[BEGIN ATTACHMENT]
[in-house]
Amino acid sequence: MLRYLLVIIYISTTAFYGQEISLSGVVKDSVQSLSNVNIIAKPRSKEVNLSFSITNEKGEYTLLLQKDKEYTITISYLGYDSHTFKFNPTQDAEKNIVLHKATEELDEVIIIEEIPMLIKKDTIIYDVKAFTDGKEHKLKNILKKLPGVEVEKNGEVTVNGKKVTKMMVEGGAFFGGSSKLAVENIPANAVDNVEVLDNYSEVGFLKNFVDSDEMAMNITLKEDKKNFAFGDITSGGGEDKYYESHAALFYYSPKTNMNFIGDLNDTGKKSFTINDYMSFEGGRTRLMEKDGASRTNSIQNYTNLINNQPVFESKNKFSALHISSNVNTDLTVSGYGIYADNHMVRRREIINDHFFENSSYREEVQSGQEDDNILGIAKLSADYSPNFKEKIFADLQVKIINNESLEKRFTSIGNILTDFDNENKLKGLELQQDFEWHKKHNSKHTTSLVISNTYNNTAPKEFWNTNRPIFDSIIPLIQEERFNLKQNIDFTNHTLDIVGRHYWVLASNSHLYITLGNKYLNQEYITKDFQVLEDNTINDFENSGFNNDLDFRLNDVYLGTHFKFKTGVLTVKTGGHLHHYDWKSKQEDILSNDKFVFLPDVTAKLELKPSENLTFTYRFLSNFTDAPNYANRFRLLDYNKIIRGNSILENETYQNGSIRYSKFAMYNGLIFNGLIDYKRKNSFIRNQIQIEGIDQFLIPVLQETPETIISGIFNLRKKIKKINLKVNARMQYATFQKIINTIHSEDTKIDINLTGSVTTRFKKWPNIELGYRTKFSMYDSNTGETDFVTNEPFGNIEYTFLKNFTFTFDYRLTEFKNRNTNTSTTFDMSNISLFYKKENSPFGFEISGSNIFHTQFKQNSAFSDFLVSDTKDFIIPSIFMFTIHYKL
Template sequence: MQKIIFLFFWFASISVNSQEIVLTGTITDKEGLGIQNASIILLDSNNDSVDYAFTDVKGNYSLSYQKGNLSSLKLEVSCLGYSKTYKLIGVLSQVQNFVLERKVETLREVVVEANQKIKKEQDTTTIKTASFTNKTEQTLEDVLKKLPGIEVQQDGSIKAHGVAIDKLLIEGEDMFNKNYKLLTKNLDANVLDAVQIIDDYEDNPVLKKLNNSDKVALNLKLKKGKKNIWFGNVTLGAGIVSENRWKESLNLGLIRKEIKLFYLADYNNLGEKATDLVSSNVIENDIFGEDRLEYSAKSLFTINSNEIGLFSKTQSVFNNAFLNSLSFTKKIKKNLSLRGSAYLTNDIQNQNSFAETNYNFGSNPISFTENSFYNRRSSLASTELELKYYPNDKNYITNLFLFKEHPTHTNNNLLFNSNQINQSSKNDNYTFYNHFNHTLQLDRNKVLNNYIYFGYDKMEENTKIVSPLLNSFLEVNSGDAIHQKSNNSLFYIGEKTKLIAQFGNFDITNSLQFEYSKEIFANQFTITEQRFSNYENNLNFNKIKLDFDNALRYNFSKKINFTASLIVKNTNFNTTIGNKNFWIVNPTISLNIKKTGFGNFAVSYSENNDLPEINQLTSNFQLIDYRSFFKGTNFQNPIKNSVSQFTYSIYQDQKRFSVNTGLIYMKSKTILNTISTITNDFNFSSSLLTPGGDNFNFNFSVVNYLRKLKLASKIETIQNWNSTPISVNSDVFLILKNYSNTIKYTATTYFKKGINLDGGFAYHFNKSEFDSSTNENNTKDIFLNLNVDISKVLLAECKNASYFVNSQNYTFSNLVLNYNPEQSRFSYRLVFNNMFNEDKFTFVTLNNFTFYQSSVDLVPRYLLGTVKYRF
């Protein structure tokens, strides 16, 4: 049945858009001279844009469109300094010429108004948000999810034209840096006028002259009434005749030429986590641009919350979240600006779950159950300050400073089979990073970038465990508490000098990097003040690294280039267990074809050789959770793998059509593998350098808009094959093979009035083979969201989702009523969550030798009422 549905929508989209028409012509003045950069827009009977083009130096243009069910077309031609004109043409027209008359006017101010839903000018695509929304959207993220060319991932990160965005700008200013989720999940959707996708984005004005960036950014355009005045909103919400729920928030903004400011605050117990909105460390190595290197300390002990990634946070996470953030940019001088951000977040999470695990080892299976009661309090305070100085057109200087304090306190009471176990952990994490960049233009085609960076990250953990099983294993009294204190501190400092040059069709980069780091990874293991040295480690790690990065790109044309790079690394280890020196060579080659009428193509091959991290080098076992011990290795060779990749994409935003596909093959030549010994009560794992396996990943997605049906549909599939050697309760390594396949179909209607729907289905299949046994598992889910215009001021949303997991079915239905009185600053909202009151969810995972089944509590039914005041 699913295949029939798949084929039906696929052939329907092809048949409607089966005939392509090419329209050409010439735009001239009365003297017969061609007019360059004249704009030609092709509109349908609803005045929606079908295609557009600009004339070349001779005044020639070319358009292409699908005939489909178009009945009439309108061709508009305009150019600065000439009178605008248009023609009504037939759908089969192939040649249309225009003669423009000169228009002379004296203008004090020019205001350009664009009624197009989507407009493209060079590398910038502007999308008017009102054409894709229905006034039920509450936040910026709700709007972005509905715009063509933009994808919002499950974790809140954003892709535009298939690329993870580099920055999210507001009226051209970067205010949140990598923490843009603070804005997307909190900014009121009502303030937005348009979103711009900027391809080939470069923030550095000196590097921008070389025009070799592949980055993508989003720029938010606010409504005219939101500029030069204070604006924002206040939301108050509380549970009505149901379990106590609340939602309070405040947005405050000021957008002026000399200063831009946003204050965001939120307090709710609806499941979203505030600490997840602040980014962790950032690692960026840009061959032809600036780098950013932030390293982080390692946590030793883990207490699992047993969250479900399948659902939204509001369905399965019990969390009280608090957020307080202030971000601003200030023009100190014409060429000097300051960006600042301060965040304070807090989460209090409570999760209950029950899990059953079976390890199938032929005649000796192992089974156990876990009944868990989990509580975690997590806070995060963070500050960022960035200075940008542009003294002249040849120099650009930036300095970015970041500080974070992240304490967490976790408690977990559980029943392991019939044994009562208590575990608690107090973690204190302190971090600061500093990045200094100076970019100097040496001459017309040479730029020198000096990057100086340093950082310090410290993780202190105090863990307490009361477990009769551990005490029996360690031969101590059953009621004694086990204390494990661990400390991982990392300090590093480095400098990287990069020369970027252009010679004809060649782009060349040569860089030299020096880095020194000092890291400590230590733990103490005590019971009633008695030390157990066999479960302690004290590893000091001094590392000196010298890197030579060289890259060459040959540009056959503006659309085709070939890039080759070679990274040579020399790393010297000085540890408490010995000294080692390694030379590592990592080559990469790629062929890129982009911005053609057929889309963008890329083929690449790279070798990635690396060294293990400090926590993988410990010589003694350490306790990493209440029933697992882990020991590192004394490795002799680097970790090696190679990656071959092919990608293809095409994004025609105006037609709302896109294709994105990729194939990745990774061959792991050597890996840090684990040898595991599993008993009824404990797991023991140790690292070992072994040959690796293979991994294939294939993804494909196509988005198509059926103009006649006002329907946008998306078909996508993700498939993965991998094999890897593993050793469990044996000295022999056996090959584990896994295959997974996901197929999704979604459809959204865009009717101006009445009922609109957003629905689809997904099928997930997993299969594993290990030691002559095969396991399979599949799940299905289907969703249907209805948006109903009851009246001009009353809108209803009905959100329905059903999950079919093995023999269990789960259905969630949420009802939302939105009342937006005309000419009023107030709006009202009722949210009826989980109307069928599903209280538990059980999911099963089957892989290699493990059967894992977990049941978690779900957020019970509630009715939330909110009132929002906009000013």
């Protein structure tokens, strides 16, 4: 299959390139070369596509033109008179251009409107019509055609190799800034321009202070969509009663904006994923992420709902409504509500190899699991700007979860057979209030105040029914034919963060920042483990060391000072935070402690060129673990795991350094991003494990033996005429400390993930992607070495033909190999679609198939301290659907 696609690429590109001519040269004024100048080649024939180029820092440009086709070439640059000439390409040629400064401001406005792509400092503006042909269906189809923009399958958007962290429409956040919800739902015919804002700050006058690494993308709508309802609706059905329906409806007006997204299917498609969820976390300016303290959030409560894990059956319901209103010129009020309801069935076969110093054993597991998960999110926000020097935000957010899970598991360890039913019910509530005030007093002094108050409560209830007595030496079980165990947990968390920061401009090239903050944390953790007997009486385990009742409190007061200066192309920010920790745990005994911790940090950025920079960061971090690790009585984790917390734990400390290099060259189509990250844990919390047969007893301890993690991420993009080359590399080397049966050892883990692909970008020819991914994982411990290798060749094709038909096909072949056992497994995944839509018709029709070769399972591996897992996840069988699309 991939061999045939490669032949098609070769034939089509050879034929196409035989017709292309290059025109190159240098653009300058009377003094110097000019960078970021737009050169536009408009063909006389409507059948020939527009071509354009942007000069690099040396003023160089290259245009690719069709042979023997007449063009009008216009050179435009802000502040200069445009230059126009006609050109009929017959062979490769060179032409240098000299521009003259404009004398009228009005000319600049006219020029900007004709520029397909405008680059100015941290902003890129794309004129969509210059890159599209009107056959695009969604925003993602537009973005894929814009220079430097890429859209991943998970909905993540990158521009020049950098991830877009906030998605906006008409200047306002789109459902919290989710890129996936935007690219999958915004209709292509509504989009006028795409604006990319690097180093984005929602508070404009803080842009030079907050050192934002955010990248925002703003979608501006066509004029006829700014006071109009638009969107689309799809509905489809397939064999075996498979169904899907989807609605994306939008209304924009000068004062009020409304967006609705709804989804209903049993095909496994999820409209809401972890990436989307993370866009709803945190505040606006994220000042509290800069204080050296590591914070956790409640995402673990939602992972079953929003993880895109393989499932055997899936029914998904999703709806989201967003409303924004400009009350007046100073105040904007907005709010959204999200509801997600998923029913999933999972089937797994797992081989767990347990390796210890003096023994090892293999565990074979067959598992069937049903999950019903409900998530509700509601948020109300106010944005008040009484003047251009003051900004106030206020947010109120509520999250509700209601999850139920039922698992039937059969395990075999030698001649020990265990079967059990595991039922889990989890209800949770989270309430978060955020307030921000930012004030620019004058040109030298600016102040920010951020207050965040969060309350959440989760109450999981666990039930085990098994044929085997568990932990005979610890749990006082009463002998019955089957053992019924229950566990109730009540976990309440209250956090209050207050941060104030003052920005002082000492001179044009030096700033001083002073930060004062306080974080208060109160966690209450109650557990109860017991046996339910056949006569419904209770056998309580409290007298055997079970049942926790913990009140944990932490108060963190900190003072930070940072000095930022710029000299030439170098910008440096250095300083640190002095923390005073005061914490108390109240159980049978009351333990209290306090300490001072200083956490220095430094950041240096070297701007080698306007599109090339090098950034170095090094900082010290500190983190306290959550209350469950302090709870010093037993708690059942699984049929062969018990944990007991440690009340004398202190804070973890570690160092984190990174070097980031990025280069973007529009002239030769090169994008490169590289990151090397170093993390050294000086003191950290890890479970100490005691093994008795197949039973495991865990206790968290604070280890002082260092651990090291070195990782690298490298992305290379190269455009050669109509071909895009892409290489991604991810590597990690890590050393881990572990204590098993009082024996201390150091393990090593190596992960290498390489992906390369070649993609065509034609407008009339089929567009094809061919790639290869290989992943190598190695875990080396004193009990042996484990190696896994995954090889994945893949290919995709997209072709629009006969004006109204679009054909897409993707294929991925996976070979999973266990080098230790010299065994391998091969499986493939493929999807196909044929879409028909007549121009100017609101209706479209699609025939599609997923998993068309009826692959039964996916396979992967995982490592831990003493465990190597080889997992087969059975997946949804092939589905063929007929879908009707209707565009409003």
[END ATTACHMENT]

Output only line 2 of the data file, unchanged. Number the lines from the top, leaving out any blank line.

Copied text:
Amino acid sequence: MLRYLLVIIYISTTAFYGQEISLSGVVKDSVQSLSNVNIIAKPRSKEVNLSFSITNEKGEYTLLLQKDKEYTITISYLGYDSHTFKFNPTQDAEKNIVLHKATEELDEVIIIEEIPMLIKKDTIIYDVKAFTDGKEHKLKNILKKLPGVEVEKNGEVTVNGKKVTKMMVEGGAFFGGSSKLAVENIPANAVDNVEVLDNYSEVGFLKNFVDSDEMAMNITLKEDKKNFAFGDITSGGGEDKYYESHAALFYYSPKTNMNFIGDLNDTGKKSFTINDYMSFEGGRTRLMEKDGASRTNSIQNYTNLINNQPVFESKNKFSALHISSNVNTDLTVSGYGIYADNHMVRRREIINDHFFENSSYREEVQSGQEDDNILGIAKLSADYSPNFKEKIFADLQVKIINNESLEKRFTSIGNILTDFDNENKLKGLELQQDFEWHKKHNSKHTTSLVISNTYNNTAPKEFWNTNRPIFDSIIPLIQEERFNLKQNIDFTNHTLDIVGRHYWVLASNSHLYITLGNKYLNQEYITKDFQVLEDNTINDFENSGFNNDLDFRLNDVYLGTHFKFKTGVLTVKTGGHLHHYDWKSKQEDILSNDKFVFLPDVTAKLELKPSENLTFTYRFLSNFTDAPNYANRFRLLDYNKIIRGNSILENETYQNGSIRYSKFAMYNGLIFNGLIDYKRKNSFIRNQIQIEGIDQFLIPVLQETPETIISGIFNLRKKIKKINLKVNARMQYATFQKIINTIHSEDTKIDINLTGSVTTRFKKWPNIELGYRTKFSMYDSNTGETDFVTNEPFGNIEYTFLKNFTFTFDYRLTEFKNRNTNTSTTFDMSNISLFYKKENSPFGFEISGSNIFHTQFKQNSAFSDFLVSDTKDFIIPSIFMFTIHYKL